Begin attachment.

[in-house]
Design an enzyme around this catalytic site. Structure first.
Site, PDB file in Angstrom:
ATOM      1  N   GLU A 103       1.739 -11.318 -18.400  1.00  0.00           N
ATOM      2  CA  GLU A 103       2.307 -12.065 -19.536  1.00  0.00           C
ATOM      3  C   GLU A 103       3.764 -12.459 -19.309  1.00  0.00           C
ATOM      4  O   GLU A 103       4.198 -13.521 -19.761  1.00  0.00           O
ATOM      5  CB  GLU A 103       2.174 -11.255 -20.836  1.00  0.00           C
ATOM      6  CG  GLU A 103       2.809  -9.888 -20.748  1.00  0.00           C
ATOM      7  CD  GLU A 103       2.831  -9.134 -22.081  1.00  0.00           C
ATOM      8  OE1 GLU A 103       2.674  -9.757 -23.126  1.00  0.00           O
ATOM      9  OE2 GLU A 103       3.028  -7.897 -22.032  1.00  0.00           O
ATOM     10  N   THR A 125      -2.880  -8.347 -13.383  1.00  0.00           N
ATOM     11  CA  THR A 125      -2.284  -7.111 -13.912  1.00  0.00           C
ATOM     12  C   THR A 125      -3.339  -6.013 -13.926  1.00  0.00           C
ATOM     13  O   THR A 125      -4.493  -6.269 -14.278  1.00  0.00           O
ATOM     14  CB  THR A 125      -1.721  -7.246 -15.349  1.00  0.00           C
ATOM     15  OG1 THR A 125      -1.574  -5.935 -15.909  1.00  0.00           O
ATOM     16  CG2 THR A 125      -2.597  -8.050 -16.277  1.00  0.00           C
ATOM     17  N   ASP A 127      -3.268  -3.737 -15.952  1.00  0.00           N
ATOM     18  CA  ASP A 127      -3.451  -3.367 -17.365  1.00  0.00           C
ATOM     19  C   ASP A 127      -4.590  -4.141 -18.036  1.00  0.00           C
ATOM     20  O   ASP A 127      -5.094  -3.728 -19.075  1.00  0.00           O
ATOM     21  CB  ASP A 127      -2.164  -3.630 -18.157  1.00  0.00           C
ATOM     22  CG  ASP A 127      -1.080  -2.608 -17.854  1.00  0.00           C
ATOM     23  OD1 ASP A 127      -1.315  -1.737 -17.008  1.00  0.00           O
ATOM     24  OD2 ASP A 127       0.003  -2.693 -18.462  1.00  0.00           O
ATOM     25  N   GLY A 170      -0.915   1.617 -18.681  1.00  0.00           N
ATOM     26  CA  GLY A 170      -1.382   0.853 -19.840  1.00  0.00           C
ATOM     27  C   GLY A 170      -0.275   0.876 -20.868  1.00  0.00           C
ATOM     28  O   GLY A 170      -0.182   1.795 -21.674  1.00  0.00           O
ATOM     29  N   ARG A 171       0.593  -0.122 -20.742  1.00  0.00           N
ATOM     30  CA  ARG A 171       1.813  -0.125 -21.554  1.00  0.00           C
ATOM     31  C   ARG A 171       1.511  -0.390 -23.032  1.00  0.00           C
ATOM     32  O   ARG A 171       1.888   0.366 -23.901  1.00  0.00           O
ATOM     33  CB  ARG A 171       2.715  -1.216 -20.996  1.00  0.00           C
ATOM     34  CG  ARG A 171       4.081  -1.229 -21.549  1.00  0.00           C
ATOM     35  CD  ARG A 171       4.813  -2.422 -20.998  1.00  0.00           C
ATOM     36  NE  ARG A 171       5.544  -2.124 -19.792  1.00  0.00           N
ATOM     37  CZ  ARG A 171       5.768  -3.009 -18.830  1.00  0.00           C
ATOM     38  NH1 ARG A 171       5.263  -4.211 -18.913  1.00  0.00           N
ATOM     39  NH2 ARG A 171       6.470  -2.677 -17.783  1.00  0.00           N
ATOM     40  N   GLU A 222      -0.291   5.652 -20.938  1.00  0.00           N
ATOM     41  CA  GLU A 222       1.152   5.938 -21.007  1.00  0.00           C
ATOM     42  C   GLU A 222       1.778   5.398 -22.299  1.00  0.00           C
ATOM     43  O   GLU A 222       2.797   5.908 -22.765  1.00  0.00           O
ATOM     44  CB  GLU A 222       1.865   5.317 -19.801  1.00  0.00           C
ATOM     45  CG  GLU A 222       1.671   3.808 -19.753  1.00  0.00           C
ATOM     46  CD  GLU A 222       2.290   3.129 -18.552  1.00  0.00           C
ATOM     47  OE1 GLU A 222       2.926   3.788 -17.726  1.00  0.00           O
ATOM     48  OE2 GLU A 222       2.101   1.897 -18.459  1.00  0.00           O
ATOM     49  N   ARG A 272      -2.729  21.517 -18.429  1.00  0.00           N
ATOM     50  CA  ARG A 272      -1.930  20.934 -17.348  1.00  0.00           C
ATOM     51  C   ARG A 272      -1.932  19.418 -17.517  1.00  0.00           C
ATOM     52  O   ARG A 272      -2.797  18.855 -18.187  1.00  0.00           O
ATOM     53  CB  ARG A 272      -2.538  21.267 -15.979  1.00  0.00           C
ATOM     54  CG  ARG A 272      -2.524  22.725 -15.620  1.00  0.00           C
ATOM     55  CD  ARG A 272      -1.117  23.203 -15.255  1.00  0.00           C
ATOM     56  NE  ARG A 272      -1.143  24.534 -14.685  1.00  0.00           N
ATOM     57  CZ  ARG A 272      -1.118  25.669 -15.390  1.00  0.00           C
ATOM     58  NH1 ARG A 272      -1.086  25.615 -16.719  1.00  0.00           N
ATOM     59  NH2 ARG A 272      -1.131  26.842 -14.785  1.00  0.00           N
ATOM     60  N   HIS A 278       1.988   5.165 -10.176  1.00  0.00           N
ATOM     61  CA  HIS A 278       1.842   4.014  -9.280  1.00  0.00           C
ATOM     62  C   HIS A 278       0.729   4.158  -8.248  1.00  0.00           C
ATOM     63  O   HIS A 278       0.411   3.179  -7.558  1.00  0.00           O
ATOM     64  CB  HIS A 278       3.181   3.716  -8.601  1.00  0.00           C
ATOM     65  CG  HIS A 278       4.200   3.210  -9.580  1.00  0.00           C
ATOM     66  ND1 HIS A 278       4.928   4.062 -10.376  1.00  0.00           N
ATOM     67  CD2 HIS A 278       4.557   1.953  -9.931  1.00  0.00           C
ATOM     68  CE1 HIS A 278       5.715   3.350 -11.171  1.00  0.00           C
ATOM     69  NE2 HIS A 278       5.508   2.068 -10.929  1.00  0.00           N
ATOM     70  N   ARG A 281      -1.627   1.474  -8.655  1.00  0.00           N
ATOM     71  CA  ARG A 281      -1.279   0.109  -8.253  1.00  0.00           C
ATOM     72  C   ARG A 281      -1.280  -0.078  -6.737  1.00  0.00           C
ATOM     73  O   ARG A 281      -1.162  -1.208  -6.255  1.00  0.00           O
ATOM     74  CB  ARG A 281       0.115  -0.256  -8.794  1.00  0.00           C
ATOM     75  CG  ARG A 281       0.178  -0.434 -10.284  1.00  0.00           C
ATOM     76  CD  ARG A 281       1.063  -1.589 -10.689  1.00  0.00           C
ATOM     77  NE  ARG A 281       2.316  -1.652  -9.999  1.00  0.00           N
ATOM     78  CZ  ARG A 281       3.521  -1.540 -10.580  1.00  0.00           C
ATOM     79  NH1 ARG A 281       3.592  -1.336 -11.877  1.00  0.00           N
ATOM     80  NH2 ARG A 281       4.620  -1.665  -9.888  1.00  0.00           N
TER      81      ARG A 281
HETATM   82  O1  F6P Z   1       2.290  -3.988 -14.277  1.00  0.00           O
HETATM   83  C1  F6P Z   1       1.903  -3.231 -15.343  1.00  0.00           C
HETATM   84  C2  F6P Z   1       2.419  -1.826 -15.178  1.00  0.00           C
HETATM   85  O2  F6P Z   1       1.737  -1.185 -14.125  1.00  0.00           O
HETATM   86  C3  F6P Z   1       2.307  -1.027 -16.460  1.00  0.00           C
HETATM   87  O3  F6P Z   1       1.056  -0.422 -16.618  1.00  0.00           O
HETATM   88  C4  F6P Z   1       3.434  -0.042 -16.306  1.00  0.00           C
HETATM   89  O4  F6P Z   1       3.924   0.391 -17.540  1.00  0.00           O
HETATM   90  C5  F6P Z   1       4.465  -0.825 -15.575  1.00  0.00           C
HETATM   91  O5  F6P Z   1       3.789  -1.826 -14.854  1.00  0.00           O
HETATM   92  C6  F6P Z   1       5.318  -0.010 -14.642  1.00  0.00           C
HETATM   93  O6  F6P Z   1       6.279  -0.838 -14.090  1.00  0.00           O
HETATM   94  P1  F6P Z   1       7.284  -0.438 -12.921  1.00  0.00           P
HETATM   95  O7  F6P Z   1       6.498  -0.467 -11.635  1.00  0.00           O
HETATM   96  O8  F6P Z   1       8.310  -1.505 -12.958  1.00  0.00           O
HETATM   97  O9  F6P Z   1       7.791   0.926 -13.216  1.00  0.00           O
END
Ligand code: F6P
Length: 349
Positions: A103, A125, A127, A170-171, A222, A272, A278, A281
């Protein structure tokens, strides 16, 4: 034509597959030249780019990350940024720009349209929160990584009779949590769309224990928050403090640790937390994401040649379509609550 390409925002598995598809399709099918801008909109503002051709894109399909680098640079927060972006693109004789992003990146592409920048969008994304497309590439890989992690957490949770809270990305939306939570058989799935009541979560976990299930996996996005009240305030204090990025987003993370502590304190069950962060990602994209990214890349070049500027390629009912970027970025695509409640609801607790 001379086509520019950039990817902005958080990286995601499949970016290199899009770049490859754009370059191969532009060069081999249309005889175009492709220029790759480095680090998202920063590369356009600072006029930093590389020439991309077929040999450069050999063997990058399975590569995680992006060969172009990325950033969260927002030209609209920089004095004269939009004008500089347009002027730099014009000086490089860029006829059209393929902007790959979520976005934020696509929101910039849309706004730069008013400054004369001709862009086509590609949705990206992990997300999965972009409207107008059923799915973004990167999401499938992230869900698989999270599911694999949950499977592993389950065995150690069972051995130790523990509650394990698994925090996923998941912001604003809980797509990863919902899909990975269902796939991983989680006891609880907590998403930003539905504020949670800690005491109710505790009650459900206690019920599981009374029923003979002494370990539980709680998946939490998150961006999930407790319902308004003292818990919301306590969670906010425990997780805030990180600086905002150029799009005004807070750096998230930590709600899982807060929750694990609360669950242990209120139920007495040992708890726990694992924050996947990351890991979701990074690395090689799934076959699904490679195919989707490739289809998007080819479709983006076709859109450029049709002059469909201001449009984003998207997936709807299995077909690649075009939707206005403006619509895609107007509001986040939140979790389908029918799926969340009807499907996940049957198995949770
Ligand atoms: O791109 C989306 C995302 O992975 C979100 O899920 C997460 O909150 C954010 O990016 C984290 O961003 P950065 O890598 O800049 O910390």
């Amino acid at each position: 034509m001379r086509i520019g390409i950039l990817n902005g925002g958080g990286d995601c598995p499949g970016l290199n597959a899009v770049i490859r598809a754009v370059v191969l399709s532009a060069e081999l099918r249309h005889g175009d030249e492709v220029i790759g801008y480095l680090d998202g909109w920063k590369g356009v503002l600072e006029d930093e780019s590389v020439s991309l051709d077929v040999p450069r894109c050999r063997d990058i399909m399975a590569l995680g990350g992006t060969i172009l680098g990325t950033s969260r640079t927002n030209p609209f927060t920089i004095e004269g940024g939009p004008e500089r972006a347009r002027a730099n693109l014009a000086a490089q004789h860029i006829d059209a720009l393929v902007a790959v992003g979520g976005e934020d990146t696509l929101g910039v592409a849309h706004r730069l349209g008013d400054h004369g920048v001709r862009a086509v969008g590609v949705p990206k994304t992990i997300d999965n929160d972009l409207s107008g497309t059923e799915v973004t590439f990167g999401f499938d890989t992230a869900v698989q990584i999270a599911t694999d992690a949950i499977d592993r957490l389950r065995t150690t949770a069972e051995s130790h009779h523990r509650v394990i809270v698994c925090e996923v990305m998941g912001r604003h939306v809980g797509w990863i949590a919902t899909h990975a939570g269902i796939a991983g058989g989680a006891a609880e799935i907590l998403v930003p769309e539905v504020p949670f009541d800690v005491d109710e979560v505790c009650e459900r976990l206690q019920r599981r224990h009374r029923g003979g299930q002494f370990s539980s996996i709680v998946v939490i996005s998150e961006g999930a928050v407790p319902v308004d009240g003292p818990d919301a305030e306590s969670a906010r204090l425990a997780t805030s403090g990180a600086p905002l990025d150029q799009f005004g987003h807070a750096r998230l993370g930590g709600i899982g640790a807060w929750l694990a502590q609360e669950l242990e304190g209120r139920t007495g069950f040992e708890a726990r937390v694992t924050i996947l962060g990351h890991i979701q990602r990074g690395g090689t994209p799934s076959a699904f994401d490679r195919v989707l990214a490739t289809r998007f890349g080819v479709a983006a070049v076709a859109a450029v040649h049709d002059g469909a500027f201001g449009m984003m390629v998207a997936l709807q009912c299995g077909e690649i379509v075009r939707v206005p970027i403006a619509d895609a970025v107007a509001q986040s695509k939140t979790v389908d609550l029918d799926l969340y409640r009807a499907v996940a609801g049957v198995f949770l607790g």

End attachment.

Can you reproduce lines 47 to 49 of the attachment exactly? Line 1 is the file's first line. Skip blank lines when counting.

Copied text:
ATOM     44  CB  GLU A 222       1.865   5.317 -19.801  1.00  0.00           C
ATOM     45  CG  GLU A 222       1.671   3.808 -19.753  1.00  0.00           C
ATOM     46  CD  GLU A 222       2.290   3.129 -18.552  1.00  0.00           C